12/29/2014, 00.00
CHINA
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For the first time, China will not meet five-year plan targets

Trade and investment goals set out in the 2011-2015 plan will not be met. For Chinese economists, the decision by Chinese policymakers to boost quality is behind the trend. For international experts, the very concept of five-year plans is outdated and unworkable.

Beijing (AsiaNews) - For the first time in the history of Communist regimes, China might miss the goals set out in the current five-year plan (2011-2015).

For Chinese economists, in addition to the ongoing international economic crisis, the reason for this is the decision by policymakers to emphasise quality over pace of growth.

Other analysts believe that the principle of five-year plans is outdated and impossible to implement because it does not take account macroeconomic fluctuations.

Commerce Minister Gao Hucheng said that trade in goods should increase by 3.5 per cent this year and services trade should rise by more than 10 per cent.

Non-financial foreign investment into the mainland is set to reach US$ 120 billion whilst outward investment is expected to top US0 billion.

These huge figures were initially included in a report published on the ministry's website on Saturday but have been removed since.

According to the 12th five-year plan, Beijing aims for US$ 4.8 trillion in total trade next year, which represents an average annual growth rate of 10 per cent in the five years since 2011.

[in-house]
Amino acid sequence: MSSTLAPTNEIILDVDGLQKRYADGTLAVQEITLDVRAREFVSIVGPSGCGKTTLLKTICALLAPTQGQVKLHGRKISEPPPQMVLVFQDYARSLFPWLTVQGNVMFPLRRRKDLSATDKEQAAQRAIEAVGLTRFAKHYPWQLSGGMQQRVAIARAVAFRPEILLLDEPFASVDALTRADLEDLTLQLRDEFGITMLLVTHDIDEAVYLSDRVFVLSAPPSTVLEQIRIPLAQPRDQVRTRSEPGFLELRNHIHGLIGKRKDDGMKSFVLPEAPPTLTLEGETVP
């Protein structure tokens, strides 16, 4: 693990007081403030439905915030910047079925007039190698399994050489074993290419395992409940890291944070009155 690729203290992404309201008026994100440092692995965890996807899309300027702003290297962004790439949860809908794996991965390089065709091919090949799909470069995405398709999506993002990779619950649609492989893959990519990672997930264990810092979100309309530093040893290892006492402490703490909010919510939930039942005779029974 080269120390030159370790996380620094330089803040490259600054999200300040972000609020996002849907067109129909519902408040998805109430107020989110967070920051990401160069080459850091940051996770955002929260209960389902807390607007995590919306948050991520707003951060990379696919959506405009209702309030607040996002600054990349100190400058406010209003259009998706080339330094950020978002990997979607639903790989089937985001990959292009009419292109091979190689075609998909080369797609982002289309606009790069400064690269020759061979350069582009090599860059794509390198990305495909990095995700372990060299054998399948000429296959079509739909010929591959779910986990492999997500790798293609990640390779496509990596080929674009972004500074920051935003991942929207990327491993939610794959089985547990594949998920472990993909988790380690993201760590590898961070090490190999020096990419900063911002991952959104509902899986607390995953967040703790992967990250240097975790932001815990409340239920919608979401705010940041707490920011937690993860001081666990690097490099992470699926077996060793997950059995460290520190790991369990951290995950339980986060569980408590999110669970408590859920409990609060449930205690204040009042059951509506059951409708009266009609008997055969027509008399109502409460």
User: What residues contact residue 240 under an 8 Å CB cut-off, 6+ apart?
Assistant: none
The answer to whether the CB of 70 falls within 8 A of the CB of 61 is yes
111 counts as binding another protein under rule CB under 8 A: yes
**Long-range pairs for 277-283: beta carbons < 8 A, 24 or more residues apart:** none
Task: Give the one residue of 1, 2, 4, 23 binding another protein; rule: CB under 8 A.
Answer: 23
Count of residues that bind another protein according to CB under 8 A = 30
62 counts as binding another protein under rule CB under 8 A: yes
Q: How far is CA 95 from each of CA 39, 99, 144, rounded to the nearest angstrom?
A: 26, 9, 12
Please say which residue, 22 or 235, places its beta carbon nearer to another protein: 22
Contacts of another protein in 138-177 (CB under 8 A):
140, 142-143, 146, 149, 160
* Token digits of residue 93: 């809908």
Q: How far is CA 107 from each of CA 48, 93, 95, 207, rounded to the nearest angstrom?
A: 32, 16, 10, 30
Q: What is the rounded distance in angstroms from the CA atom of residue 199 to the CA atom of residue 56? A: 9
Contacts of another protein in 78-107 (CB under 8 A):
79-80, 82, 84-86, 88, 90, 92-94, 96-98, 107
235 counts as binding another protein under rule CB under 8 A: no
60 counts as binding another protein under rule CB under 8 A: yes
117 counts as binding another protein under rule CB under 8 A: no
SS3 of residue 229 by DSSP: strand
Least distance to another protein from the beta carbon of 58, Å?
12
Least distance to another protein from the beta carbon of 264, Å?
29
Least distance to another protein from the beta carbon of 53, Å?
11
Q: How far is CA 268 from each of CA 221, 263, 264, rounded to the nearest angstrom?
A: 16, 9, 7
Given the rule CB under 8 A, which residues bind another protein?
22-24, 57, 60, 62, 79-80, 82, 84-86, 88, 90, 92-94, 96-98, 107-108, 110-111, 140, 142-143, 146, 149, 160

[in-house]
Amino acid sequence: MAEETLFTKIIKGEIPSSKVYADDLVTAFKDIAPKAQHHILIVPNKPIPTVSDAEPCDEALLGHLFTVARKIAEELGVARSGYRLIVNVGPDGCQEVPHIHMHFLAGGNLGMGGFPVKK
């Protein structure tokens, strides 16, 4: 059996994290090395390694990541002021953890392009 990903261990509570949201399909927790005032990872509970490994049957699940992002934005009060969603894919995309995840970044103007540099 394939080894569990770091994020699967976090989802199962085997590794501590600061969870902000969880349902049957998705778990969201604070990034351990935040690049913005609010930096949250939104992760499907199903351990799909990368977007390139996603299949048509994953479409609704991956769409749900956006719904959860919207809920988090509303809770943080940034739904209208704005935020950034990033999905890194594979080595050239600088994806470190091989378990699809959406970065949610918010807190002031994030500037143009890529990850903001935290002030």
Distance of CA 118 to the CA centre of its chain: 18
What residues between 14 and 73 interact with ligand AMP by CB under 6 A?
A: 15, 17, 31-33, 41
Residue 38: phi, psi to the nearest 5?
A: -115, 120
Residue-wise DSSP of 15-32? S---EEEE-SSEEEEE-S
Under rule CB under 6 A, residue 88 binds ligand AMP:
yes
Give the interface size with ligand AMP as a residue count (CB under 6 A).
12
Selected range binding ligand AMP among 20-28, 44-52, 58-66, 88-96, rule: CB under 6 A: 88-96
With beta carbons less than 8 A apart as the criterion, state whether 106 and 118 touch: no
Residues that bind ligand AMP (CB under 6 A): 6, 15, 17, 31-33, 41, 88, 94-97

It also targets an average annual inward foreign direct investment of US$ 120 billion and total outward investment of US$ 560 billion during the five year period.

"These targets now look impossible to reach and this year is a turning point," Shen Jianguang, chief China economist at Mizuho Securities, told the South China Morning Post. "The leaders' emphasis on 'new normal' growth means these targets are no longer a must to achieve."

Policymakers, now working on the next five-year plan, are expected to set lower targets to improve the efficiency of economic growth, Shen said.

As fresh evidence of the economic slowdown, the mainland reported a 4.2 per cent drop in industrial profits last month from a year earlier, the biggest fall since August 2012, adding to pressure for the central bank to ease monetary conditions further.

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